Project description:OBJECTIVES:We extend existing research on the living arrangements of older Americans by focusing on geographic proximity to children, examining transitions in living arrangements across older ages, and describing differences by both race/ethnicity and educational attainment. METHOD:We use data from the Health and Retirement Study (HRS) over a period of 10 years (2000-2010) to construct multistate life tables. These analyses allow us to describe the lives of older Americans between ages 65 and 90 in terms of the number of expected years of life in different living arrangements, reflecting both mortality and living arrangement transitions. RESULTS:Americans spend a substantial proportion of later life living near, but not with, adult children. There is a good deal of change in living arrangements at older ages and living arrangement-specific life expectancy differs markedly by race/ethnicity and educational attainment. However, overall life expectancy is not strongly related to living arrangements at age 65. DISCUSSION:Multistate life tables, constructed separately by sex, race/ethnicity, and educational attainment, provide a comprehensive description of sociodemographic differences in living arrangements across older ages in the United States. We discuss the potential implications of these differences for access to support and the exacerbation or mitigation of inequalities at older ages.
Project description:<h4>Background</h4>Parental separation has been associated with adverse child mental health outcomes in the literature. For school-aged children, joint physical custody (JPC), that is, spending equal time in both parents' homes after a divorce, has been associated with better health and well-being than single care arrangements. Preschool children's well-being in JPC is less studied. The aim of this study was to investigate the association of living arrangements and coparenting quality with mental health in preschool children after parental separation.<h4>Methods</h4>This cross-sectional population-based study includes 12 845 three-year-old children in Sweden. Mental health was measured by parental reports of the Strength and Difficulties Questionnaire and coparenting quality with a four-item scale. The living arrangements of the 642 children in non-intact families were categorised into JPC, living mostly with one parent and living only with one parent.<h4>Results</h4>Linear regression models, adjusted for sociodemographic confounders, showed an association between increased mental health problems and living mostly and only with one parent (B=1.18; 95% CI 0.37 to 2.00, and B=1.20; 95% CI 0.40 to 2.00, respectively), while children in intact families vs JPC did not differ significantly (B=-0.11; 95% CI -0.58 to 0.36). After adjusting the analyses for coparenting quality, differences in child mental health between the post divorce living arrangements were, however, minimal while children in intact families had more mental health problems compared with JPC (B=0.70; 95% CI 0.24 to 1.15). Factorial analysis of covariance revealed that low coparenting quality was more strongly related to mental health problems for children in intact families and JPC compared with children living mostly or only with one parent.<h4>Conclusions</h4>This study suggests that coparenting quality is a key determinant of mental health in preschool children and thus should be targeted in preventive interventions.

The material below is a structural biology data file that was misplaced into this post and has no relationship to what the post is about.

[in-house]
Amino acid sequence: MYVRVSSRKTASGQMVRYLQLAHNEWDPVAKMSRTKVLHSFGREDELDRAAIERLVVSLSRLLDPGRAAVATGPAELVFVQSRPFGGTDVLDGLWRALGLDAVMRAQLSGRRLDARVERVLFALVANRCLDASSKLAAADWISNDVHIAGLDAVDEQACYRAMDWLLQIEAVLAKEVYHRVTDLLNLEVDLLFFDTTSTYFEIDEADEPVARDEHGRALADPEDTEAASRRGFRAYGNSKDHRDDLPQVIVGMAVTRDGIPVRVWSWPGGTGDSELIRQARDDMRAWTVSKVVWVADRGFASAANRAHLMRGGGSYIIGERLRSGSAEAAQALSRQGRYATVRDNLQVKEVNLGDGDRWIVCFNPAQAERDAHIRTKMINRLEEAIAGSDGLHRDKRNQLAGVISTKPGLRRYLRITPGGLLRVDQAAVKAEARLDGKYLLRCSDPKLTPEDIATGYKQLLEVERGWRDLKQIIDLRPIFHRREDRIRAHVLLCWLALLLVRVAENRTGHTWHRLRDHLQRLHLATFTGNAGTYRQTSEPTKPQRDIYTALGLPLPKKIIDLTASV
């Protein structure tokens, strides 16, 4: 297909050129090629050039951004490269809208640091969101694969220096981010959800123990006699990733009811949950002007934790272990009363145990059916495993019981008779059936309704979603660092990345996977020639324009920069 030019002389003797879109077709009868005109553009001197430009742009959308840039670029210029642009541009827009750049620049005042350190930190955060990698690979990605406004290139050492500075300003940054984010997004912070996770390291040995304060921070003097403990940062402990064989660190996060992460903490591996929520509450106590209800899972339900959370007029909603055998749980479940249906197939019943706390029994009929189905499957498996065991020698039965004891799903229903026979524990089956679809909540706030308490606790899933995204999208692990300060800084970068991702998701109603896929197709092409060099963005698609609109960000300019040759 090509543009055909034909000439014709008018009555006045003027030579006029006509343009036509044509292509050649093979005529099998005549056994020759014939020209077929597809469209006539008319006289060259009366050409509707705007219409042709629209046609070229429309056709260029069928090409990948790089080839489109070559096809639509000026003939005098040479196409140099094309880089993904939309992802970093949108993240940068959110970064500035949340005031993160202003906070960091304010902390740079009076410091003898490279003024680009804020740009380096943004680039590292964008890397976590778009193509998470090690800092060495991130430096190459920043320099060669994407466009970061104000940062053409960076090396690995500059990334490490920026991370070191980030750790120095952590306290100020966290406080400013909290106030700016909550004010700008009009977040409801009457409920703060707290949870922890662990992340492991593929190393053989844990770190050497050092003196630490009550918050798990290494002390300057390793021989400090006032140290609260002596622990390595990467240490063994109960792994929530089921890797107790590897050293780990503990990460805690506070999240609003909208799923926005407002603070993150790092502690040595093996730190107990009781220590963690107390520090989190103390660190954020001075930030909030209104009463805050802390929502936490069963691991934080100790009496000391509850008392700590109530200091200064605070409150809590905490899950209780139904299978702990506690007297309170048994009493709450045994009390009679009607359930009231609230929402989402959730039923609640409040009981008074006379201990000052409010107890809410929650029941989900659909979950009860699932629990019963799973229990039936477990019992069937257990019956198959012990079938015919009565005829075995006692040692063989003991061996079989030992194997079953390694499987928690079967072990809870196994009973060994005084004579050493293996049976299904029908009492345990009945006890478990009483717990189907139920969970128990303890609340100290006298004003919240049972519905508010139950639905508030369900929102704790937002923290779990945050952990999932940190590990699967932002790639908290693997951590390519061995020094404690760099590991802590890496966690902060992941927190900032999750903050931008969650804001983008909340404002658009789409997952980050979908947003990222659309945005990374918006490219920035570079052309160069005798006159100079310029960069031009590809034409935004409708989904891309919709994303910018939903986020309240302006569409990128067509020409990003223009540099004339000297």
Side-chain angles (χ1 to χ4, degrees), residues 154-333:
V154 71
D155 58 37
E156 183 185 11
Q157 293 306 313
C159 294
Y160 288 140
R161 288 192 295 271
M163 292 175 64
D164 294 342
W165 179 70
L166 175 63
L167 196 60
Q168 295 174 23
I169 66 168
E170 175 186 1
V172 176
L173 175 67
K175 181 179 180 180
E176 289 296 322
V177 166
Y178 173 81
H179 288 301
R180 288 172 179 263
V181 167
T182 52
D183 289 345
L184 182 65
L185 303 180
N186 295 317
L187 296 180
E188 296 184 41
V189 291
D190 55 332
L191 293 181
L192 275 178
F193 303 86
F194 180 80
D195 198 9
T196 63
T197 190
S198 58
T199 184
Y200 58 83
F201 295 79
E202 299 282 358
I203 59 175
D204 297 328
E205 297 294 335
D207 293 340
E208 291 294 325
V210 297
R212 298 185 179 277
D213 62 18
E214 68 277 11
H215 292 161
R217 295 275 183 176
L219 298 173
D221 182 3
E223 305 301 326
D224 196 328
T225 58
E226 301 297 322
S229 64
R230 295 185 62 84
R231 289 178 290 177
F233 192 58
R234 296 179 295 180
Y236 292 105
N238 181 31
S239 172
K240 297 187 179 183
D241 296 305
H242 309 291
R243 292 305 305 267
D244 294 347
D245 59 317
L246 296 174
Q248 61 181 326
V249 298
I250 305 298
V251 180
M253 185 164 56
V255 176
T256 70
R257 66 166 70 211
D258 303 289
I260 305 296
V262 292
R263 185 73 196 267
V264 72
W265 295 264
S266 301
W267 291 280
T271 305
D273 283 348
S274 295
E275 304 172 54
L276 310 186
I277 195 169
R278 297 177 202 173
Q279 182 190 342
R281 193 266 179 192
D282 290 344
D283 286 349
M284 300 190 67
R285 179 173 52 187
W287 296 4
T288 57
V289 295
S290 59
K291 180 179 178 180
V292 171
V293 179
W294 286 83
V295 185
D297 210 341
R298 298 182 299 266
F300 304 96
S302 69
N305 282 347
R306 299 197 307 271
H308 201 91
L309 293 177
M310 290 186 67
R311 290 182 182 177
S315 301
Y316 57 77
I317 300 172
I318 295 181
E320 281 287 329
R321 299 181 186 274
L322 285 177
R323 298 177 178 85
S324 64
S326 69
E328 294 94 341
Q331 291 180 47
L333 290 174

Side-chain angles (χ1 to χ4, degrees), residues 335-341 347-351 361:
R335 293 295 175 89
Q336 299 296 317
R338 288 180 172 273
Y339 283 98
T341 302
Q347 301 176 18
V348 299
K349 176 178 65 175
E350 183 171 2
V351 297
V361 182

Project description:Parents play a key role in launching their children into adulthood. Differences in the resources they provide their children have implications for perpetuating patterns of family inequality. Using data on 6,962 young adults included in the National Longitudinal Survey of Youth 1997, we examine differences in the support parents provide to young adult children by immigrant status and race/ethnicity and whether and how those differences are explained by parent resources and young adult resources and roles. Immigrant status and race/ethnicity are associated with patterns of support in complex ways. We find that racial/ethnic and immigrant disparities in perceptions of support, financial support, and receiving advice from parents about education or employment are explained by family socioeconomic resources. Group differences in whether young adults say they would turn to a parent for advice and coresidence persist after accounting for these factors, however. Young adult resources and roles also shape parental support of young adults in the transition to adulthood, but taking account of these characteristics does not explain immigrant and racial/ethnic group differences. Our findings highlight the need to consider both race/ethnicity and immigrant status to understand family relationships and sources of support.